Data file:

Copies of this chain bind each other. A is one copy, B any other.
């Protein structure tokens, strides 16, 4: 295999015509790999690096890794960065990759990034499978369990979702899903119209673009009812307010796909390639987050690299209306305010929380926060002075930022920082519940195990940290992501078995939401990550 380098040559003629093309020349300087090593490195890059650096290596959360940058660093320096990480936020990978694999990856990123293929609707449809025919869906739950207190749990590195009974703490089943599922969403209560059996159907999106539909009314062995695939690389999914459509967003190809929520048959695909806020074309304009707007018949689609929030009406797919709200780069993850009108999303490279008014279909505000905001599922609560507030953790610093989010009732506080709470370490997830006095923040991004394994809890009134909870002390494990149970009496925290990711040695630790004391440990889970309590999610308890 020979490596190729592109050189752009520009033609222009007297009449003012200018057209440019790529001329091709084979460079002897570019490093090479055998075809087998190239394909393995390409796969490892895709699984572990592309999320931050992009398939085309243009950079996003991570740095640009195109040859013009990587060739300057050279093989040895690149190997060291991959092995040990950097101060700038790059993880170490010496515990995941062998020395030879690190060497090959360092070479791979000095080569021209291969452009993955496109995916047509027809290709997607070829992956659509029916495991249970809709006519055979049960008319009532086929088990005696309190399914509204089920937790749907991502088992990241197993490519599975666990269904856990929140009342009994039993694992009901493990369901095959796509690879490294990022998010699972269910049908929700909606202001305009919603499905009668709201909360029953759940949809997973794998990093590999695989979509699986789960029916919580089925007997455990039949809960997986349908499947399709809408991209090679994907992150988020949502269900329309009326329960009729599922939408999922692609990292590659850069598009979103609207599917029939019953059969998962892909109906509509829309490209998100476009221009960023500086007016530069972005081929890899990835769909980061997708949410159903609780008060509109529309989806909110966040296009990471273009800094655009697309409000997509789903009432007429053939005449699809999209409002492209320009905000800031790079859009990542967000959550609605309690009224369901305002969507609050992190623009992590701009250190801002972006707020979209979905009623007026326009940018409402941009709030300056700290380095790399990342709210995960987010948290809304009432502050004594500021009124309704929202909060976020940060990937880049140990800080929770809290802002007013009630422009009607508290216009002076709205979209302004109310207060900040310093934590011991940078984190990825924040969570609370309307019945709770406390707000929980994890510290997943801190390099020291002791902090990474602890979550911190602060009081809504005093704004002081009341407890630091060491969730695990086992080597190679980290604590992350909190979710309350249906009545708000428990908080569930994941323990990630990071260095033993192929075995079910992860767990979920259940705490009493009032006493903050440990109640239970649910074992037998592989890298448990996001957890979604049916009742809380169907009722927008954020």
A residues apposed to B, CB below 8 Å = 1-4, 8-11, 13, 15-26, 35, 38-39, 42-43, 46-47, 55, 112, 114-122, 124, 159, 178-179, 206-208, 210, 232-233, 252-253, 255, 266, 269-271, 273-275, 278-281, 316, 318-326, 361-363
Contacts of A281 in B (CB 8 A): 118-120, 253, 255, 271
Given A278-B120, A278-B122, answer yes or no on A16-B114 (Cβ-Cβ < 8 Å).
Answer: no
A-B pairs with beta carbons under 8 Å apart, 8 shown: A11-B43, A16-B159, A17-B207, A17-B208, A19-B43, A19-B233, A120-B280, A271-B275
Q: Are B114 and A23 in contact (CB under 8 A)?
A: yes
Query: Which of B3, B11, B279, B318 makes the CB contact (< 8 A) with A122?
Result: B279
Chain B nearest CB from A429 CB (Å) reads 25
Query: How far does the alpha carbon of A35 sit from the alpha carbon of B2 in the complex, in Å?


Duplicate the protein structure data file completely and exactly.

Copies of this chain bind each other. A is one copy, B any other.
């Protein structure tokens, strides 16, 4: 295999015509790999690096890794960065990759990034499978369990979702899903119209673009009812307010796909390639987050690299209306305010929380926060002075930022920082519940195990940290992501078995939401990550 380098040559003629093309020349300087090593490195890059650096290596959360940058660093320096990480936020990978694999990856990123293929609707449809025919869906739950207190749990590195009974703490089943599922969403209560059996159907999106539909009314062995695939690389999914459509967003190809929520048959695909806020074309304009707007018949689609929030009406797919709200780069993850009108999303490279008014279909505000905001599922609560507030953790610093989010009732506080709470370490997830006095923040991004394994809890009134909870002390494990149970009496925290990711040695630790004391440990889970309590999610308890 020979490596190729592109050189752009520009033609222009007297009449003012200018057209440019790529001329091709084979460079002897570019490093090479055998075809087998190239394909393995390409796969490892895709699984572990592309999320931050992009398939085309243009950079996003991570740095640009195109040859013009990587060739300057050279093989040895690149190997060291991959092995040990950097101060700038790059993880170490010496515990995941062998020395030879690190060497090959360092070479791979000095080569021209291969452009993955496109995916047509027809290709997607070829992956659509029916495991249970809709006519055979049960008319009532086929088990005696309190399914509204089920937790749907991502088992990241197993490519599975666990269904856990929140009342009994039993694992009901493990369901095959796509690879490294990022998010699972269910049908929700909606202001305009919603499905009668709201909360029953759940949809997973794998990093590999695989979509699986789960029916919580089925007997455990039949809960997986349908499947399709809408991209090679994907992150988020949502269900329309009326329960009729599922939408999922692609990292590659850069598009979103609207599917029939019953059969998962892909109906509509829309490209998100476009221009960023500086007016530069972005081929890899990835769909980061997708949410159903609780008060509109529309989806909110966040296009990471273009800094655009697309409000997509789903009432007429053939005449699809999209409002492209320009905000800031790079859009990542967000959550609605309690009224369901305002969507609050992190623009992590701009250190801002972006707020979209979905009623007026326009940018409402941009709030300056700290380095790399990342709210995960987010948290809304009432502050004594500021009124309704929202909060976020940060990937880049140990800080929770809290802002007013009630422009009607508290216009002076709205979209302004109310207060900040310093934590011991940078984190990825924040969570609370309307019945709770406390707000929980994890510290997943801190390099020291002791902090990474602890979550911190602060009081809504005093704004002081009341407890630091060491969730695990086992080597190679980290604590992350909190979710309350249906009545708000428990908080569930994941323990990630990071260095033993192929075995079910992860767990979920259940705490009493009032006493903050440990109640239970649910074992037998592989890298448990996001957890979604049916009742809380169907009722927008954020």
A residues apposed to B, CB below 8 Å = 1-4, 8-11, 13, 15-26, 35, 38-39, 42-43, 46-47, 55, 112, 114-122, 124, 159, 178-179, 206-208, 210, 232-233, 252-253, 255, 266, 269-271, 273-275, 278-281, 316, 318-326, 361-363
Contacts of A281 in B (CB 8 A): 118-120, 253, 255, 271
Given A278-B120, A278-B122, answer yes or no on A16-B114 (Cβ-Cβ < 8 Å).
Answer: no
A-B pairs with beta carbons under 8 Å apart, 8 shown: A11-B43, A16-B159, A17-B207, A17-B208, A19-B43, A19-B233, A120-B280, A271-B275
Q: Are B114 and A23 in contact (CB under 8 A)?
A: yes
Query: Which of B3, B11, B279, B318 makes the CB contact (< 8 A) with A122?
Result: B279
Chain B nearest CB from A429 CB (Å) reads 25
Query: How far does the alpha carbon of A35 sit from the alpha carbon of B2 in the complex, in Å?